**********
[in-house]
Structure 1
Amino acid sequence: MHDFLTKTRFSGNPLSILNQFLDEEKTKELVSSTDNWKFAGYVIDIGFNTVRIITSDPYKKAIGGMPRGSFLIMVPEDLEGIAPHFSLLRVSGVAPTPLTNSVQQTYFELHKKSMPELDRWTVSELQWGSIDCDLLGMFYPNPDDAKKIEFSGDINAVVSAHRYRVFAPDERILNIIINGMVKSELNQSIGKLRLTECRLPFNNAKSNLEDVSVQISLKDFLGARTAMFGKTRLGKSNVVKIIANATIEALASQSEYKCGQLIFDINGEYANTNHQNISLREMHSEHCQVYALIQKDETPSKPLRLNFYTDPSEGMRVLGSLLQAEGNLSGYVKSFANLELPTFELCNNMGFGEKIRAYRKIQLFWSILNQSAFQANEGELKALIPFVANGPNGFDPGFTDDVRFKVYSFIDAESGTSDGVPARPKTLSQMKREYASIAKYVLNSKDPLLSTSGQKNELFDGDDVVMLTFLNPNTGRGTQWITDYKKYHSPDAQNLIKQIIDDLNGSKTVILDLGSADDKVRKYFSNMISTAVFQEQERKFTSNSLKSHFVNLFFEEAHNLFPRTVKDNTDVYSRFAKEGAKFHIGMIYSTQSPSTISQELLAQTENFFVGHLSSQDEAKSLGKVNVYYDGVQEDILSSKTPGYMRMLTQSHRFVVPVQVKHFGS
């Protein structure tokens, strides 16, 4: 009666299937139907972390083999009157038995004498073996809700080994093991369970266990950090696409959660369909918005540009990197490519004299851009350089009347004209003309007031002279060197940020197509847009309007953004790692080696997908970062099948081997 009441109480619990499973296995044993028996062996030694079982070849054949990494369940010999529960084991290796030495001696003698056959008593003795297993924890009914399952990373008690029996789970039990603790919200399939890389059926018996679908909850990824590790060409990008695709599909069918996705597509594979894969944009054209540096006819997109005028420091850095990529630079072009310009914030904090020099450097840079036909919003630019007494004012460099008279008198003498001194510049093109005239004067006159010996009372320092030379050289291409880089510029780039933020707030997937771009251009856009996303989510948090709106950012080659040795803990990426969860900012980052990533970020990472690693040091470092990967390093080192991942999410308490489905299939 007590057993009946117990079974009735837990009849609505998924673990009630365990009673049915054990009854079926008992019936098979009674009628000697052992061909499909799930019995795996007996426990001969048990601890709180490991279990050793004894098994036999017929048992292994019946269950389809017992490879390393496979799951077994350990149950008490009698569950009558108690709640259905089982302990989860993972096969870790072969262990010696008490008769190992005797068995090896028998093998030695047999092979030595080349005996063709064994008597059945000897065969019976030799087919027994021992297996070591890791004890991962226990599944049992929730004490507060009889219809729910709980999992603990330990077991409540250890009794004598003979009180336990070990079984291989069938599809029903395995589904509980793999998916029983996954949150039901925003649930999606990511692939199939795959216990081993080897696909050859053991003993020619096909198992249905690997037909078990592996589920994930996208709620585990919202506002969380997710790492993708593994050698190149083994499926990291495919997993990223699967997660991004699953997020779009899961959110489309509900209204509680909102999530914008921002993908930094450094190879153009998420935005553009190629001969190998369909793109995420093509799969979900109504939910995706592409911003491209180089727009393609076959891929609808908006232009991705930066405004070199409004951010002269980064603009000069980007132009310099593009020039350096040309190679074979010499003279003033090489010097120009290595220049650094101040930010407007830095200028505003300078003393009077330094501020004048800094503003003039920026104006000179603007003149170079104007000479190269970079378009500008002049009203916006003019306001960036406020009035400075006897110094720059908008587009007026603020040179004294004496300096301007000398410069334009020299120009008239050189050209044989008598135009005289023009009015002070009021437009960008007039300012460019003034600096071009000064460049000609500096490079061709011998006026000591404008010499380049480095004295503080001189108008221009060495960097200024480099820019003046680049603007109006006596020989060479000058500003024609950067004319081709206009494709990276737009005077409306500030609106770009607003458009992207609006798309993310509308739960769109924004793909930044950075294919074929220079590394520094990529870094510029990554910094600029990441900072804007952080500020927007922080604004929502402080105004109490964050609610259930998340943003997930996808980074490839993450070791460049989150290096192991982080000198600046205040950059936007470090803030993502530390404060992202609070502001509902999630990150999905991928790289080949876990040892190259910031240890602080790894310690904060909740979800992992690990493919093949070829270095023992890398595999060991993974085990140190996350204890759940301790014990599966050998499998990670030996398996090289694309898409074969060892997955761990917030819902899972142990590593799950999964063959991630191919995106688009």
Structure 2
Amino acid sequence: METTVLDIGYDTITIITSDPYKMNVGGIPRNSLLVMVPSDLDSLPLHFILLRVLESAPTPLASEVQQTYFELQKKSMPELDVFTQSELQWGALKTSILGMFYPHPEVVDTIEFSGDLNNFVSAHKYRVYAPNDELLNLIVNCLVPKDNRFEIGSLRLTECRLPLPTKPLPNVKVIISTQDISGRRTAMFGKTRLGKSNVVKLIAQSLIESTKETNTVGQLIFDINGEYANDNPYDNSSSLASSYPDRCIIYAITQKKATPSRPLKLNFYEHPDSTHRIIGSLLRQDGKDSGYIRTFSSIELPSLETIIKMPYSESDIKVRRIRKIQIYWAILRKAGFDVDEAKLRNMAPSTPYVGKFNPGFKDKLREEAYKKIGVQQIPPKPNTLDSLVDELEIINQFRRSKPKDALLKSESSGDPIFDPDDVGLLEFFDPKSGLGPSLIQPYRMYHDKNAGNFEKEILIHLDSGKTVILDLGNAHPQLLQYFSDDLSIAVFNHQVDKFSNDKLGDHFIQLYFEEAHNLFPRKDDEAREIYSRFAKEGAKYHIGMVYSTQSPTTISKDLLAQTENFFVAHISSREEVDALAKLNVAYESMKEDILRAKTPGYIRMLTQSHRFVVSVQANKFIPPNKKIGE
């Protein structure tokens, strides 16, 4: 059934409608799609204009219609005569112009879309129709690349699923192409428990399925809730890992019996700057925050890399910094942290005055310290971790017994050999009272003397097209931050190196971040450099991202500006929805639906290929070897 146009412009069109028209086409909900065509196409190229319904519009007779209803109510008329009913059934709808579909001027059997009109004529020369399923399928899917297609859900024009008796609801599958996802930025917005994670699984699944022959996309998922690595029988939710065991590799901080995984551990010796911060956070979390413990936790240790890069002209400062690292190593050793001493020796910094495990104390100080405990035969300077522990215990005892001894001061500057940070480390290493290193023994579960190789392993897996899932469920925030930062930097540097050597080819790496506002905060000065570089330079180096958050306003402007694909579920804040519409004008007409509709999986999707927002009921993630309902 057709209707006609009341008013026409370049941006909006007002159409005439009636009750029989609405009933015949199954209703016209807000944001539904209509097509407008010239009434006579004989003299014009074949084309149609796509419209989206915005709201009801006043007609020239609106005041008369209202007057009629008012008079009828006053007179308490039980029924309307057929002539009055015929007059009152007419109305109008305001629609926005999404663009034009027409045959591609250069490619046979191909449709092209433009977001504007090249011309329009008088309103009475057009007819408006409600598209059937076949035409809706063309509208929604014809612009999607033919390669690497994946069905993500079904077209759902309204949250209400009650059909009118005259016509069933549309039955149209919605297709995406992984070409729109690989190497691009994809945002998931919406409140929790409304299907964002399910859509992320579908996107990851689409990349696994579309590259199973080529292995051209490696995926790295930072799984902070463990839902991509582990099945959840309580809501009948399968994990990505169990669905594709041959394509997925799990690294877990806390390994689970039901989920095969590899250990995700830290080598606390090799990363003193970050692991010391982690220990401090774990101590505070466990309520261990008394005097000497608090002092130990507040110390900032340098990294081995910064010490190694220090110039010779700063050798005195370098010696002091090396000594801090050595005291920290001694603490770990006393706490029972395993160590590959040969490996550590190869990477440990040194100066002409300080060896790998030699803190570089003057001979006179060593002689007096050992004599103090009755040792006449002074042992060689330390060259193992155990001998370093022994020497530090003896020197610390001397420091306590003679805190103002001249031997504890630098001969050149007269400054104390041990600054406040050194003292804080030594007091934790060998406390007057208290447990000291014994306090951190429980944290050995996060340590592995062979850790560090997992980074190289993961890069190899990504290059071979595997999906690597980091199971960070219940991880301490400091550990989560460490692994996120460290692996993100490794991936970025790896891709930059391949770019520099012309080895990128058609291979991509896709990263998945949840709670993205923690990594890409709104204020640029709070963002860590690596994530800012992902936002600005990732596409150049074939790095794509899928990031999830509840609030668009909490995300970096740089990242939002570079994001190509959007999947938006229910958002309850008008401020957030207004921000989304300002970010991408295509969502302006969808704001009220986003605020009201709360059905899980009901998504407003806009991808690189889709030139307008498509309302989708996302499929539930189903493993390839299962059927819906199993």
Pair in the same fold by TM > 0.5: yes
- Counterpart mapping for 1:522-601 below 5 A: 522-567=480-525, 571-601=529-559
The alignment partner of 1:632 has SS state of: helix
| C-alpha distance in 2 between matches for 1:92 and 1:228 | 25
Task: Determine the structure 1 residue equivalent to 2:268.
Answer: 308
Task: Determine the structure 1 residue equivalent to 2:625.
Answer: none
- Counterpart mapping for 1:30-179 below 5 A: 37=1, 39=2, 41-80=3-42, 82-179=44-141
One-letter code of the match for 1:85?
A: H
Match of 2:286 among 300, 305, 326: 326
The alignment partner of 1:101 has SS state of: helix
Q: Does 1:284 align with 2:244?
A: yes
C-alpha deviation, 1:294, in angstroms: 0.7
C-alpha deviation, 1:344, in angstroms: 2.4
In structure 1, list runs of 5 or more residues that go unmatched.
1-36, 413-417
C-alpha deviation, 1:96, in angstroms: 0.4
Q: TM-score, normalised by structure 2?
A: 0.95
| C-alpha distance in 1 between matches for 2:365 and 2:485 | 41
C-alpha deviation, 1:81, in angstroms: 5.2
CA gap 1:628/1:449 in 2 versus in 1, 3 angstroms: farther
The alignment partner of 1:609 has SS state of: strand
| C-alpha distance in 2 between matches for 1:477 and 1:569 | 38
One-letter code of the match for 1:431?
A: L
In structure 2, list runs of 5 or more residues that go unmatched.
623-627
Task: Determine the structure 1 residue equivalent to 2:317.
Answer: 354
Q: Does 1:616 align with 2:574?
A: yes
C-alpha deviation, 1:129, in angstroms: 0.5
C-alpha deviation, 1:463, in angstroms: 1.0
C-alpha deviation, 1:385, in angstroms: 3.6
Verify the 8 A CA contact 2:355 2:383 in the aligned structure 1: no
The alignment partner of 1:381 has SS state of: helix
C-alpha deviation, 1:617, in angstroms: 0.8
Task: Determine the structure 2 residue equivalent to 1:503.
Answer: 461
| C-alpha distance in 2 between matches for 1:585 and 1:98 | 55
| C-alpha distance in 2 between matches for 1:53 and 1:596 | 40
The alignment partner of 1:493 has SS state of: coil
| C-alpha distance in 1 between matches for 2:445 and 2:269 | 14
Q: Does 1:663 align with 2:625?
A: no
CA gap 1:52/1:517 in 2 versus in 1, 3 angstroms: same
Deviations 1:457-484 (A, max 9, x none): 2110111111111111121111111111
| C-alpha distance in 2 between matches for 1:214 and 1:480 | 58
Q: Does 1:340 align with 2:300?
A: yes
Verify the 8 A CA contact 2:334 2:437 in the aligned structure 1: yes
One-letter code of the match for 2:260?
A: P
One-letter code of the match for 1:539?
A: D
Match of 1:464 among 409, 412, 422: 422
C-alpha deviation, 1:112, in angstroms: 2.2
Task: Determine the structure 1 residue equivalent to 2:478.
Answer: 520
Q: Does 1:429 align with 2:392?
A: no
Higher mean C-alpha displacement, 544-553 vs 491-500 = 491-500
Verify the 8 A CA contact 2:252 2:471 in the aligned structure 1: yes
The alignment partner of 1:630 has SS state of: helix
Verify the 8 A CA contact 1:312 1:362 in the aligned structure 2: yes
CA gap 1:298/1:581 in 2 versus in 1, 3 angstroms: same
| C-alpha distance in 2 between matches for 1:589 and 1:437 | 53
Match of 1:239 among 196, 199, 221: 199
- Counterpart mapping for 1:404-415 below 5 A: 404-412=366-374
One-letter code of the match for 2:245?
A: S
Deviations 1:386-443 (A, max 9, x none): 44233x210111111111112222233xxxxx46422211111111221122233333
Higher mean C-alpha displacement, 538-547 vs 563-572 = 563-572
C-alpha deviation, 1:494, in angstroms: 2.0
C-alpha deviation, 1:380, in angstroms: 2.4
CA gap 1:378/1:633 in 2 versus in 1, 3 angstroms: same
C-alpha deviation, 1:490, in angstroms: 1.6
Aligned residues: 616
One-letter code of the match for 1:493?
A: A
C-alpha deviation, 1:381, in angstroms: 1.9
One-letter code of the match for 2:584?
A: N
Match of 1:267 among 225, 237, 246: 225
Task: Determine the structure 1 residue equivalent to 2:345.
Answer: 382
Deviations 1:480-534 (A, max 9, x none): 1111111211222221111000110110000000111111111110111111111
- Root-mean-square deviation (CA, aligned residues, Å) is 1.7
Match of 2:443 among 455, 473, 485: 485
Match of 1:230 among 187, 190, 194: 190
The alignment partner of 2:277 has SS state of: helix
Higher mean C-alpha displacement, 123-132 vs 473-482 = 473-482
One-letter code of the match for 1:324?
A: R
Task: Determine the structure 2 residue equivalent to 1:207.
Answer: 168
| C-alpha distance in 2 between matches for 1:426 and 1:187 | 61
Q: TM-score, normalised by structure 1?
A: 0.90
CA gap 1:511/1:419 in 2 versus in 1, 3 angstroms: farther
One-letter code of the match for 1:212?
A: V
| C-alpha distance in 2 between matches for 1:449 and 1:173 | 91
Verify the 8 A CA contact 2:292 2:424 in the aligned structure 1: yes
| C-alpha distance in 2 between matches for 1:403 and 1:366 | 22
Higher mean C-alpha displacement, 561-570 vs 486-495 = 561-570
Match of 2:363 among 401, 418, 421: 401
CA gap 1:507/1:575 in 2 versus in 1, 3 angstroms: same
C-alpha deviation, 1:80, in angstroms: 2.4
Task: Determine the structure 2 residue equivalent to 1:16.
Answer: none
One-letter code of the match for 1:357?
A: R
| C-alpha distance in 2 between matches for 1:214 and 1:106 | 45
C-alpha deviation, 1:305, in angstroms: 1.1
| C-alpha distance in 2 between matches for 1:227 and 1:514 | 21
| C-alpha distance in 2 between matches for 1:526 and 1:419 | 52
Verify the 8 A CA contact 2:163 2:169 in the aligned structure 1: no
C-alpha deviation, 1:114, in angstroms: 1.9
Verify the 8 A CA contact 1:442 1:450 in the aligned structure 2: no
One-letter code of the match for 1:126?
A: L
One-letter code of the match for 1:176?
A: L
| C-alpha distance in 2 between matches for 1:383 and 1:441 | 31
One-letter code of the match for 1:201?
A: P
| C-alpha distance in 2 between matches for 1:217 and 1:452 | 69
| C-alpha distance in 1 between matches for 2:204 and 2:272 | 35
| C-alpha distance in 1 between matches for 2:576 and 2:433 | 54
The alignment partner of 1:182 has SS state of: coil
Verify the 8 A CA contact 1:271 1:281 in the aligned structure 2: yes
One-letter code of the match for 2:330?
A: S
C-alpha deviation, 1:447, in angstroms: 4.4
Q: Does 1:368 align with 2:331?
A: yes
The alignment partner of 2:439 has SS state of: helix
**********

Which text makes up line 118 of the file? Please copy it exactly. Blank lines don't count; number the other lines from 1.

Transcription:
Match of 2:363 among 401, 418, 421: 401